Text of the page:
Want this stylish look for your photos? James Abbott explains a straightforward Photoshop process to replicate the Gingham Instagram filter
The Gingham Instagram filter is a popular effect that has been used on millions of photos taken all around the world. But one of the problems with Instagram filters is that you can’t easily apply them to your full-resolution images. The obvious answer is to emulate them in Photoshop, and that’s exactly what we’re going to do here with Gingham.
Before you get started you need to identify the characteristics of the filter you intend to emulate. And with all the filters there are usually around four key identifiers. For Gingham that’s muddy highlights, brightness, a slight haze and a subtle warm up of the tones by carefully applying red and magenta to selected parts of the image.
Love them or loathe them, app filters from the likes of Instagram and VSCO have had a profound effect on the way people now process their images. And I’m not just talking about snapshots taken on a mobile phone. Their influence has spread to all walks of photography, regardless of the camera used, and for now they’re as popular as ever.
To look at the characteristics of an Instagram filter without uploading an image to Instagram, send an image to your phone or smart device and then switch it to Airplane Mode so it’s not connected to the Internet. Then load the image into Instagram and select the desired filter before clicking on Share. You’ll then see a message that the image wasn’t posted, so click on the row of three horizontal dots and select Discard Post. You can now switch Airplane Mode on, and after navigating to the Instagram image folder on your phone, email the processed image to yourself so you can open it up in Photoshop on your computer. It can sometimes help to do this with a couple of different images to see how the filters affect them.
Now, here are the steps for recreating the Gingham filter in Photoshop...
Our starting shot
1. Crop your image
Open your image in Photoshop and press C on the keyboard to activate the Crop Tool.
Now go to the dropdown menu in the top left area of the Photoshop window and select 1:1 (Square) from the list of options. To move the crop guide left mouse click within the guide and drag into position. To resize the crop guide drag the corner points in or out. Hit Enter on the keyboard, or click on the tick at the top of the Photoshop interface to commit to the crop.
2. Muddy the highlights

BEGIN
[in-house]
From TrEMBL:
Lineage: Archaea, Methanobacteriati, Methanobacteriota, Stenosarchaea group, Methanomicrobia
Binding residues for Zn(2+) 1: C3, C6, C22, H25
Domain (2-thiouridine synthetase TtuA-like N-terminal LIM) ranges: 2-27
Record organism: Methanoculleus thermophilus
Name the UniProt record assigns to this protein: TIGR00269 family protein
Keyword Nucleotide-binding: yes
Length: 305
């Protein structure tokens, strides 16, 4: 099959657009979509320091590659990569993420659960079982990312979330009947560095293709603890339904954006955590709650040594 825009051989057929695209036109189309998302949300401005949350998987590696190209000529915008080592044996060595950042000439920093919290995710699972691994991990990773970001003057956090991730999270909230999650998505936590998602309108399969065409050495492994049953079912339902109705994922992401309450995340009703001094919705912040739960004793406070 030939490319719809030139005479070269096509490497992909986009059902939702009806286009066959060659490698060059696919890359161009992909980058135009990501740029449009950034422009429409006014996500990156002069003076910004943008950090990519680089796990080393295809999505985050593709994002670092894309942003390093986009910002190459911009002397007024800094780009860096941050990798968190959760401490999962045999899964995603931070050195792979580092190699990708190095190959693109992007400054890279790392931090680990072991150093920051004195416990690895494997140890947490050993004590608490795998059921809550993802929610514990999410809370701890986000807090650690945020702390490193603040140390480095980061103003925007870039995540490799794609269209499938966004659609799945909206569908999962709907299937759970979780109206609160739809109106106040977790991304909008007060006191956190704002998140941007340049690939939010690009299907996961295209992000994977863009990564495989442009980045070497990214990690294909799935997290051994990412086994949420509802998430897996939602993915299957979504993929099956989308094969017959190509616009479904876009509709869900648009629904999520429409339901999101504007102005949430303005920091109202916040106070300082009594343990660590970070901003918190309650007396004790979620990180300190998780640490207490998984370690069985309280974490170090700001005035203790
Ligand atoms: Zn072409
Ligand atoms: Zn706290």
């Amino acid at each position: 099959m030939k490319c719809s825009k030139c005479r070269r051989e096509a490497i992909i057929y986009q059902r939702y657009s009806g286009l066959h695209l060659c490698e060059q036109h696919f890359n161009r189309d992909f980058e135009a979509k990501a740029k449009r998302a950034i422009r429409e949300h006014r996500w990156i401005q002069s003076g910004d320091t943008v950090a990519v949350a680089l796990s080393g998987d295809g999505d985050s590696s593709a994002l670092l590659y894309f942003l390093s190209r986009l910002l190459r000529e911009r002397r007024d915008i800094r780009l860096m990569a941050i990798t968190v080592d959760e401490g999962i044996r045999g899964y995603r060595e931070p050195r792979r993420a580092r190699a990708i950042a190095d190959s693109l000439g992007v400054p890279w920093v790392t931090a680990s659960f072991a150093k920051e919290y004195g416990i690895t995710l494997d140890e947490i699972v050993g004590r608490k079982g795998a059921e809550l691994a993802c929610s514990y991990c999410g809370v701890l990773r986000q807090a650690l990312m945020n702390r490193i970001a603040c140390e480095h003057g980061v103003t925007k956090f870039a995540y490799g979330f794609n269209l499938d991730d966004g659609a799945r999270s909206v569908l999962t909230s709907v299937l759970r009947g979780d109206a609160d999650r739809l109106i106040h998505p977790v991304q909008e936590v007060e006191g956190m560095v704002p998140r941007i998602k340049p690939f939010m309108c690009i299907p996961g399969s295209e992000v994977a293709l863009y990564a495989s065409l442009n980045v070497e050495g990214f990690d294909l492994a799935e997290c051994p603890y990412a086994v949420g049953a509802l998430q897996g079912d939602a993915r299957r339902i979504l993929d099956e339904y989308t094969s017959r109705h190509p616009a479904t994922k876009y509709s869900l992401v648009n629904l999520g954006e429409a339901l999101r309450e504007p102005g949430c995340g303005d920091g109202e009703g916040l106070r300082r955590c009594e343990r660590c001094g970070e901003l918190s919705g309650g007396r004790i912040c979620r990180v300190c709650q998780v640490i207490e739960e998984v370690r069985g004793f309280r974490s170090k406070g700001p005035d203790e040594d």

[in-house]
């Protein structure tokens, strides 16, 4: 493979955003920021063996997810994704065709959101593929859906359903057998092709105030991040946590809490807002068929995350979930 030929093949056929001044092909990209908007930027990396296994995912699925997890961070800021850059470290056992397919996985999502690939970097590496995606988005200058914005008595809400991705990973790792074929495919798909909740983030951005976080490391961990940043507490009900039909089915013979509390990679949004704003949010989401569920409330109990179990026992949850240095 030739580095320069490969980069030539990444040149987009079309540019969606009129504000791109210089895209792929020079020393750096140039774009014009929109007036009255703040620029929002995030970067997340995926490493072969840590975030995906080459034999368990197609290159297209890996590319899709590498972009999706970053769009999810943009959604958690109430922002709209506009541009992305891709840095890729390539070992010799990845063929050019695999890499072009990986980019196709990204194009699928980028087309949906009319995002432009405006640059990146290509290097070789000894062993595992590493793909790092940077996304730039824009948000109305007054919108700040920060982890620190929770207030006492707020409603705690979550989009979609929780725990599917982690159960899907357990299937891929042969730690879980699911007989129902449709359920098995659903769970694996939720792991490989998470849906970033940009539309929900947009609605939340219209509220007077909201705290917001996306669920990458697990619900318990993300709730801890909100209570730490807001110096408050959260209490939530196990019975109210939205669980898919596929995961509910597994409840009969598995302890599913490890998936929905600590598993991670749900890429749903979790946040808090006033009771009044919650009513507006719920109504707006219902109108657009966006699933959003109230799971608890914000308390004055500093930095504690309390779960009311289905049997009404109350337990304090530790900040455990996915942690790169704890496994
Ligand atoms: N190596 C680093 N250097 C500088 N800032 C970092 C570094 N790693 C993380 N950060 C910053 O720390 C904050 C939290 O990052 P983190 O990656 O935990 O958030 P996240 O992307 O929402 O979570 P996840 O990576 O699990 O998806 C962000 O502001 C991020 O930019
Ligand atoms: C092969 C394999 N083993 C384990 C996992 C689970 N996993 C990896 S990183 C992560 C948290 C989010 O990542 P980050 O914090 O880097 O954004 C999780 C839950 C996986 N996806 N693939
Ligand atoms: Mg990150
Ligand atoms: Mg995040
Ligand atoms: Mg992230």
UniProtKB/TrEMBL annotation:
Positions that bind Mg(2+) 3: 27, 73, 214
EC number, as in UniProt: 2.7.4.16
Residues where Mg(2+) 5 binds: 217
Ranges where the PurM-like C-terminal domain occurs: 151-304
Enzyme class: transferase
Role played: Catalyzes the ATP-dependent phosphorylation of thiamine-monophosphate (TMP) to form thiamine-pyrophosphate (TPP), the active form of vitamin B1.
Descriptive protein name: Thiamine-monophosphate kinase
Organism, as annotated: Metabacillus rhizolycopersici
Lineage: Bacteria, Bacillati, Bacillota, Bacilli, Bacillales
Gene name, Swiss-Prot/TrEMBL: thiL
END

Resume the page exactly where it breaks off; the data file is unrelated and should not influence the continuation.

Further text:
Click on the Create New Fill or Adjustment Layer icon – it’s the half-white, half-black circle at the bottom of the Layers panel – and select Curves from the options. When the window opens, drag the point in the top right corner down to the bottom right corner.
Next, left-click in the centre of the horizontal curve and drag the point to the top of the grid. Change the Blending mode from Normal to Multiply, and set the Opacity of the Layer to 25%.
3. Brighten the image
Create another Curves Adjustment Layer and left-click in the centre of the Curve to place a point. Now, by dragging up and to the left you will brighten the image. The position of the point placed here was Input: 117 and Output: 149. If you accidently place a point you don’t want or need, simply left-click on it and drag it from the Curves grid to delete it. Alternatively, pressing Ctrl+Z may take you back that one step and remove it.
4. Apply the colour effect
Click on the Create new fill or adjustment layer icon and select Selective Color from the list of options. When the dialogue box opens use the dropdown menu to select Whites and set Magenta to +15. Select Neutrals and set Magenta to +2, then choose Blacks and set Cyan to +10, Magenta to +50 and Blacks to +20 before closing the window. Your image will now have the cold-looking Gingham colouring effect.
5. Add an overall haze
Go to the Create New Fill or Adjustment Layer icon and select Levels from the list of options. When the dialogue box opens, drag the Black Output slider, which can be found below the black-to-white strip below the main Levels histogram, to 30. This will lighten the blacks in the image slightly and apply an overall haziness. At this point you can save the image as a TIFF to maintain all of the Layers, or as a JPEG to flatten it down.
The final result
About the Author
James Abbott is a Cambridge-based landscape and portrait photographer. He’s also a Photoshop expert with years of experience teaching Photoshop. Check out his work at www.jamesaphoto.co.uk.
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